“It was disappointing to have this thing fall apart, but it was great to say, ‘Hey, this costs us $13 and somebody volunteered time to open the door on Thursdays.’” The energy and excitement that the effort brought to the congregation carried over to other successful community projects that had a long-lasting impact.
Vision for Northminster
When asked about his vision for Northminster, Rev. Molina-Moore says, “We are not going to be the church of 1972. That model of church was great for what it was, but that’s not going to be what the future holds. ‘Church’ is no longer going to be just a Sunday morning event type of thing, but rather something that impacts your entire life and week. Church can be a place where you can come and not be told what to believe or how to believe, but be able to step into the Mystery of Faith. I’m not trying to explain; I’m trying to help you live into it. That’s different for each person.
“We want you to have a place where you feel you belong, where you feel like you are part of the family and you feel like you get to encounter the Living God. I think that’s what the Church needs to be. Then, it’s for everybody: the person who just lost their job, the person suffering from depression, the person who looks like they have it all, but there is still a moment where you need the power of Unknown, the Force that controls the universe.”
We want you to have a place where you feel you belong, where you feel like you are part of the family and you feel like you get to encounter the Living God.
Plans for the community
I asked him how he plans for the church to invite the community in. He responded, “That’s hard. We know that just putting up signs doesn’t work. I think it is rooted in relationships. Relationships with me within the community. Relationships with church members within the community. That’s where we would see growth because we’ll have that element of trust.”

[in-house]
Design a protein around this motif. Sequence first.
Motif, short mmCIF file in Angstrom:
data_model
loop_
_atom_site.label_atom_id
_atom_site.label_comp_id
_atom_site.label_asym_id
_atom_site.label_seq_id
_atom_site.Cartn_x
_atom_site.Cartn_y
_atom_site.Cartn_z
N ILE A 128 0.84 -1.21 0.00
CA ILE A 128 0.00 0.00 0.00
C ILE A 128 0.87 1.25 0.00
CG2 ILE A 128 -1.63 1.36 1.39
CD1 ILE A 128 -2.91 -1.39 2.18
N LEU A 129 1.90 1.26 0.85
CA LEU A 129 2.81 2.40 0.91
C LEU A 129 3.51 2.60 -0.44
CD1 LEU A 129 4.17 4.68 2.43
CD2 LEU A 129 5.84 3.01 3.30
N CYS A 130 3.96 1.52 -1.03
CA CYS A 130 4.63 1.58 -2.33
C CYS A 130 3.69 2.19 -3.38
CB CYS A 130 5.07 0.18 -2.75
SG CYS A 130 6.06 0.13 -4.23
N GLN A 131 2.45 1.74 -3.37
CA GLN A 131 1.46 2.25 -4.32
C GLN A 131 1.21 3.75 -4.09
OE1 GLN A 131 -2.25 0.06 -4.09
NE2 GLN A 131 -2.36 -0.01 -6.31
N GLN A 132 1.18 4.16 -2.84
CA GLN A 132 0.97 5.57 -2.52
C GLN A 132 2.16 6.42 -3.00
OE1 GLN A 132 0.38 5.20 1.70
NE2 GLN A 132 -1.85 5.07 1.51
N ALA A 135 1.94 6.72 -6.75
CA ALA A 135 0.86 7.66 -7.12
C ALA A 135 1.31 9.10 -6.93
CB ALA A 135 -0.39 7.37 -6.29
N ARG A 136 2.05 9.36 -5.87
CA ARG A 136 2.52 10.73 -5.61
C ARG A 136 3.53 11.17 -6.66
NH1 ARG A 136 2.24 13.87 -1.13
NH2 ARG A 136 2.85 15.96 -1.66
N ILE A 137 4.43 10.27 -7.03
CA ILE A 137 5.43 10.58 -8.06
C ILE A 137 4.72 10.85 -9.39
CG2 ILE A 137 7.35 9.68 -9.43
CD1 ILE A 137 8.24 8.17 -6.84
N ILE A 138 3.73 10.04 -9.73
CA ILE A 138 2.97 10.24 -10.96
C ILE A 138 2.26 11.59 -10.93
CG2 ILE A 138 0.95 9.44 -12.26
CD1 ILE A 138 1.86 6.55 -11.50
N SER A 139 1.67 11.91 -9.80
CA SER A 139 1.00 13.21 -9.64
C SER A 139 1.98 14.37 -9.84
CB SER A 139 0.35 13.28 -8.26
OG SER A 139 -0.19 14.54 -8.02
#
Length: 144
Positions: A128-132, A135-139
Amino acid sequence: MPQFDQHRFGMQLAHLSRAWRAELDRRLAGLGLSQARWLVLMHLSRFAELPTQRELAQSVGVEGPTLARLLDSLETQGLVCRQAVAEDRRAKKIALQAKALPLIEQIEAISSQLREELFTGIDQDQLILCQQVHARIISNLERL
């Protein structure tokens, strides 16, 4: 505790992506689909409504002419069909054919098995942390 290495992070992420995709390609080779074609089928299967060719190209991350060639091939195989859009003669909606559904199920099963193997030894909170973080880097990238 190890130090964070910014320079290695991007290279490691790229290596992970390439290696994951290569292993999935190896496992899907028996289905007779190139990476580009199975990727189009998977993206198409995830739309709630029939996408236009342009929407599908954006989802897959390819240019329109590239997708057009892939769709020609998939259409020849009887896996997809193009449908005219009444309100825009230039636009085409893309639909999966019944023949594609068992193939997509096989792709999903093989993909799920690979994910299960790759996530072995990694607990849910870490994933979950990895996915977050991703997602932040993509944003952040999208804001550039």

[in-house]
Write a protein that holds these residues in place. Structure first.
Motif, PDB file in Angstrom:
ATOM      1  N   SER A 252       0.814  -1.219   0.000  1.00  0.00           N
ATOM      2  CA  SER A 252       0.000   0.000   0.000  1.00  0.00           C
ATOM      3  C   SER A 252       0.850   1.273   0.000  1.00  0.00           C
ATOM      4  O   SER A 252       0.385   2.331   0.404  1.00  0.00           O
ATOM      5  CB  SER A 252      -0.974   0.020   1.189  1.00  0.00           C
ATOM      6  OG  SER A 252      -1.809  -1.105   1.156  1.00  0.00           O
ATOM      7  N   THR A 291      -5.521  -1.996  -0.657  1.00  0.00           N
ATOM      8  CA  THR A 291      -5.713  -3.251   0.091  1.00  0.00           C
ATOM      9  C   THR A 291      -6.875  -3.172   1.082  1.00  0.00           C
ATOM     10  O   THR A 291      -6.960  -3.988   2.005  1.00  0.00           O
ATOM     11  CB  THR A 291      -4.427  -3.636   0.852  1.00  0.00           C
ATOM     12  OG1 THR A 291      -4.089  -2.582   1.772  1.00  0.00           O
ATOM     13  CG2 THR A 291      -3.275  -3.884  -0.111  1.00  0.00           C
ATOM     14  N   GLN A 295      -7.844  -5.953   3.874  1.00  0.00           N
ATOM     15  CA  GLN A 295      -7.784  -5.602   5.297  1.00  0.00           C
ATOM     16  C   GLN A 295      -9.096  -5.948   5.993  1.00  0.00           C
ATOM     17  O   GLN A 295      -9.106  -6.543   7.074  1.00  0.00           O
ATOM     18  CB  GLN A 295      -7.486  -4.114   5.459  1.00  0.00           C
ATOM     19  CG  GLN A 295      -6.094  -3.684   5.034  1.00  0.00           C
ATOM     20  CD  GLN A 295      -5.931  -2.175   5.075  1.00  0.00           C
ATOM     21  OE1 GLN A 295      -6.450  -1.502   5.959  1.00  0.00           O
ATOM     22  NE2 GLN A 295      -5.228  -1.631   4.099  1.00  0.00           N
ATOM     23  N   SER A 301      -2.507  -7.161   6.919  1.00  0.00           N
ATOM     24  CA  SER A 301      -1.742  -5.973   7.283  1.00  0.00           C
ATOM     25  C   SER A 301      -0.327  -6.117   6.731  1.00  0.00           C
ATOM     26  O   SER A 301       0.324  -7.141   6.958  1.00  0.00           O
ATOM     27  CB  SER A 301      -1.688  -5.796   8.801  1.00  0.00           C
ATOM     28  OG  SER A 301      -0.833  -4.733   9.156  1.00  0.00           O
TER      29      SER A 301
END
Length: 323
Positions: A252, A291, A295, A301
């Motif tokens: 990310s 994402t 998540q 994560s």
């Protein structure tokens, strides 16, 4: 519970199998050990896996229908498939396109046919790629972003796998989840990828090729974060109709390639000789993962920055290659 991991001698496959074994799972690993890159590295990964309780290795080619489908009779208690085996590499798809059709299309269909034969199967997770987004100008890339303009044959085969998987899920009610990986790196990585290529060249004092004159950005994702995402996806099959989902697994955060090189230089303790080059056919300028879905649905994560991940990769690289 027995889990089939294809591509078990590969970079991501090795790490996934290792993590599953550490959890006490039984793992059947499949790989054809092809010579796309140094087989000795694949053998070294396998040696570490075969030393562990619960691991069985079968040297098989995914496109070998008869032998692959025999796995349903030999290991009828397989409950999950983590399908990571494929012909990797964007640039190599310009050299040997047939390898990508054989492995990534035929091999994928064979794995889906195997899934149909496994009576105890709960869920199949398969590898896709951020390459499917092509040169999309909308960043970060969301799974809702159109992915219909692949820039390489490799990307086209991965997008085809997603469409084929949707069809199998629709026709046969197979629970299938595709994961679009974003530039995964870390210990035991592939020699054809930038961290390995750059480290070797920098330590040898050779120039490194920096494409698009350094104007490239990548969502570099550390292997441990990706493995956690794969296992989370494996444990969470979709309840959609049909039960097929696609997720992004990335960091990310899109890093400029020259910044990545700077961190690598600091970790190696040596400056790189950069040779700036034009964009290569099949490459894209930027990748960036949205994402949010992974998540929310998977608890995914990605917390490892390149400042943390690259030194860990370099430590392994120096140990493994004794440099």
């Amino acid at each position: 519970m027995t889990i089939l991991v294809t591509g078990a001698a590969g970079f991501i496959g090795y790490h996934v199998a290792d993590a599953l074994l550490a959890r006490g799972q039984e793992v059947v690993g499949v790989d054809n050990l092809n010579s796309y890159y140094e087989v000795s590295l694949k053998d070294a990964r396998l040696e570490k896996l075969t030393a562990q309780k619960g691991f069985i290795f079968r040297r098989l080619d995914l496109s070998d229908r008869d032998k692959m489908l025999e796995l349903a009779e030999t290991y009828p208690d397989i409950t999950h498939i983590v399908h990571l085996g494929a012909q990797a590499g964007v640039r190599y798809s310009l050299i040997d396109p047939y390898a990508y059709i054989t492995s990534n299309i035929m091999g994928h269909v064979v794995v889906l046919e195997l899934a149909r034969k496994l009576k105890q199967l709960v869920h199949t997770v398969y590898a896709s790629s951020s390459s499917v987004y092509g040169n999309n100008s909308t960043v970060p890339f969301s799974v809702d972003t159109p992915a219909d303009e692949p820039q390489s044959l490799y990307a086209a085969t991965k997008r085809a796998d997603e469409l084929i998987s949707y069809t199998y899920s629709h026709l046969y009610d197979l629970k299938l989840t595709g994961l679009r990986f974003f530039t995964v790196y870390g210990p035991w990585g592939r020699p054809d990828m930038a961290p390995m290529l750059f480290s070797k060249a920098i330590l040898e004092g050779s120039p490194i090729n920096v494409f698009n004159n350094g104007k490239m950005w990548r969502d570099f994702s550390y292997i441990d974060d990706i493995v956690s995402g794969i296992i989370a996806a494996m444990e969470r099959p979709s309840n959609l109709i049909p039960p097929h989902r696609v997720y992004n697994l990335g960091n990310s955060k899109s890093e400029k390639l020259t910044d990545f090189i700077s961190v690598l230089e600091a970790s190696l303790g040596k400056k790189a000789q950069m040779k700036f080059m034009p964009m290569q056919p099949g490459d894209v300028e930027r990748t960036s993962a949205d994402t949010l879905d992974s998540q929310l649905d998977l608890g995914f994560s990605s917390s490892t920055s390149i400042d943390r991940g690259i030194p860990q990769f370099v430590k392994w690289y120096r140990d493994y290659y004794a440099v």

He spoke of equipping the current church members to strengthen those relationships with family and friends and lean on that trust. By sharing the amazing and powerful things that are happening at Northminster, others will want to be a part of that. “We can’t expect the community and the neighbors to come here if we don’t know them and they don’t know us,” he said. It begins with simple things like, “Movie Night” or engaging with some of the community organizations that use the church facilities.
We can’t expect the community and the neighbors to come here if we don’t know them and they don’t know us.
Recommended Media (Book, Documentary, Podcast, or Film)
Rev. Molina-Moore recommends the RobCast podcast (https://robbell.com/portfolio/robcast/) by New York Times Best Selling author Rob Bell, whom he cites as one of the best modern theologians. Rev. Molina-Moore credits Mr. Bell’s first book for giving him the impetus to go to seminary. He says, “Bell writes on complex topics in a way that sixth graders can understand it. His podcast is really good. He brings different varieties of people on the show, and it’s not always Christian-based, but it is good, meaningful information.”
It was an absolute pleasure to sit down with Rev. Molina-Moore. He is engaging and full of ideas on how to strengthen the bonds between Northminster Presbyterian Church and the Shepherd Park community. I recommend that you stop by one of their church services or events to say ‘Hello” and welcome him to the neighborhood.
Northminster Presbyterian Church
7720 Alaska Avenue NW 20012
Adult Bible Study: Sunday @ 9:30am
Children Sunday School: Sunday @ 11am
Worship: Sunday @ 11am